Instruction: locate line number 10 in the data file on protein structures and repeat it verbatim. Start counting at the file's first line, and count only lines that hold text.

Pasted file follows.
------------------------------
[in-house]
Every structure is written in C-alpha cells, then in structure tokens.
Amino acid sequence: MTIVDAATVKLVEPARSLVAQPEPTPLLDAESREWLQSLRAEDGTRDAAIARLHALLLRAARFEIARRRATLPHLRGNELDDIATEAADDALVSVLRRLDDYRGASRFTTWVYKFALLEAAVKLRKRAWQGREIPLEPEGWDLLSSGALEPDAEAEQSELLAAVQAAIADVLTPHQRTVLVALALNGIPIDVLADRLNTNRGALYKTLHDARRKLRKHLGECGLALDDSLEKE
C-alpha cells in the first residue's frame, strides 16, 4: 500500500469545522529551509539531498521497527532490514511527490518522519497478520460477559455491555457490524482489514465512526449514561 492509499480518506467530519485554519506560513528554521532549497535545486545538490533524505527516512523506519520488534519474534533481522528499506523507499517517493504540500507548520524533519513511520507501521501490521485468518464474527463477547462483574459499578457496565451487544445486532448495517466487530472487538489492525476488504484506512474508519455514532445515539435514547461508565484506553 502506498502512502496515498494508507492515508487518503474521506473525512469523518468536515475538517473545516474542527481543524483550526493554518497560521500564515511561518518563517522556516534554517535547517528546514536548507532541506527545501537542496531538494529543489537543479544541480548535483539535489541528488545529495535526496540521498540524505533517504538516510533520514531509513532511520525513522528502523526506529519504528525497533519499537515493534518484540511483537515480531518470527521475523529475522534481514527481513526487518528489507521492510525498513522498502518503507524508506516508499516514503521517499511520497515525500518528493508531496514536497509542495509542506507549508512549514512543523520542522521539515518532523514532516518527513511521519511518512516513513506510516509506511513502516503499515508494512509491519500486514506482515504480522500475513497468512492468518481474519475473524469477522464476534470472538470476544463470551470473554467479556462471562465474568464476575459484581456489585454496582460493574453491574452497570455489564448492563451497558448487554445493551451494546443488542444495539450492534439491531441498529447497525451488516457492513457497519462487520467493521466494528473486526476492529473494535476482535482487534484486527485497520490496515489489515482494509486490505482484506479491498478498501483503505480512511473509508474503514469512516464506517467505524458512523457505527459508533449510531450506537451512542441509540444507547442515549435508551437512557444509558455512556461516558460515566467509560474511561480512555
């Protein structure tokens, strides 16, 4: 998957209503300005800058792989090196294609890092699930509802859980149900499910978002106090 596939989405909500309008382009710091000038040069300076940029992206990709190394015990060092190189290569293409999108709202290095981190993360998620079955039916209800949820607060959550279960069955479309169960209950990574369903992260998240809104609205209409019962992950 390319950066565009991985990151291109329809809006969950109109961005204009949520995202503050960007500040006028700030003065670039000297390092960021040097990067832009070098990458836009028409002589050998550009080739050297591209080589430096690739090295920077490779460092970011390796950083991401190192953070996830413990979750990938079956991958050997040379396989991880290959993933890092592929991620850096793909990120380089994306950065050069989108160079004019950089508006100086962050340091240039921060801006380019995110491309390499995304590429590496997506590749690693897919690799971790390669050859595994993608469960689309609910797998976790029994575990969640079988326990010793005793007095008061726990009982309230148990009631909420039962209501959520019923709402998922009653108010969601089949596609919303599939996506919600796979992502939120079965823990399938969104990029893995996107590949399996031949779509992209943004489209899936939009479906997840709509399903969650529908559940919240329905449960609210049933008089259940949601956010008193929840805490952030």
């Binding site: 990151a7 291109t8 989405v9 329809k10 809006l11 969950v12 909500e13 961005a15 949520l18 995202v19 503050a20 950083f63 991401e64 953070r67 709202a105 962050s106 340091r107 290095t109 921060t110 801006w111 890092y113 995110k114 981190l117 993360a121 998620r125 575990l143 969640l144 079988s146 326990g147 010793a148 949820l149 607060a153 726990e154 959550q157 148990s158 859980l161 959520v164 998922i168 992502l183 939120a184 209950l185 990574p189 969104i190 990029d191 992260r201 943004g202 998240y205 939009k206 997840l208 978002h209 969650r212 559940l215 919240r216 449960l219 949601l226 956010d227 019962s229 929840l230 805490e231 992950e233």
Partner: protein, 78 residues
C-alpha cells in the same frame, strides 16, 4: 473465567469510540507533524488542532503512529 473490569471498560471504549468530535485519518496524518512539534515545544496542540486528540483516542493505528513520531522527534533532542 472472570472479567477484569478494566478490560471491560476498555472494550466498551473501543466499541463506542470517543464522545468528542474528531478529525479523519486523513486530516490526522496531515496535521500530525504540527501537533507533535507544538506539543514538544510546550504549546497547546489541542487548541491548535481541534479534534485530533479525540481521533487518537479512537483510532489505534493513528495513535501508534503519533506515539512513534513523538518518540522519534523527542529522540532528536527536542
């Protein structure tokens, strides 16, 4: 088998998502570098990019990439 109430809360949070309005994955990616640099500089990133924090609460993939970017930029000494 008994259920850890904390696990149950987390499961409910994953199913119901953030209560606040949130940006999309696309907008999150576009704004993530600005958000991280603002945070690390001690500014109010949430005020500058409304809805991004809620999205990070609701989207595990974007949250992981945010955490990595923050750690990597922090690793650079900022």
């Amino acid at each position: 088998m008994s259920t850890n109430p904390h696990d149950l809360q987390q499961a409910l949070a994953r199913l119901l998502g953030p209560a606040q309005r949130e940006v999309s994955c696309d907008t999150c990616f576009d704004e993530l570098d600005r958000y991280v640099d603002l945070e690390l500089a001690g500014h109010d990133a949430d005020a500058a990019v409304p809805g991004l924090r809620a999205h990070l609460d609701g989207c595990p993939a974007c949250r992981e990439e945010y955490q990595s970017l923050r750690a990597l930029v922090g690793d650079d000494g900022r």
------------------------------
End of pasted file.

């Amino acid at each position: 088998m008994s259920t850890n109430p904390h696990d149950l809360q987390q499961a409910l949070a994953r199913l119901l998502g953030p209560a606040q309005r949130e940006v999309s994955c696309d907008t999150c990616f576009d704004e993530l570098d600005r958000y991280v640099d603002l945070e690390l500089a001690g500014h109010d990133a949430d005020a500058a990019v409304p809805g991004l924090r809620a999205h990070l609460d609701g989207c595990p993939a974007c949250r992981e990439e945010y955490q990595s970017l923050r750690a990597l930029v922090g690793d650079d000494g900022r």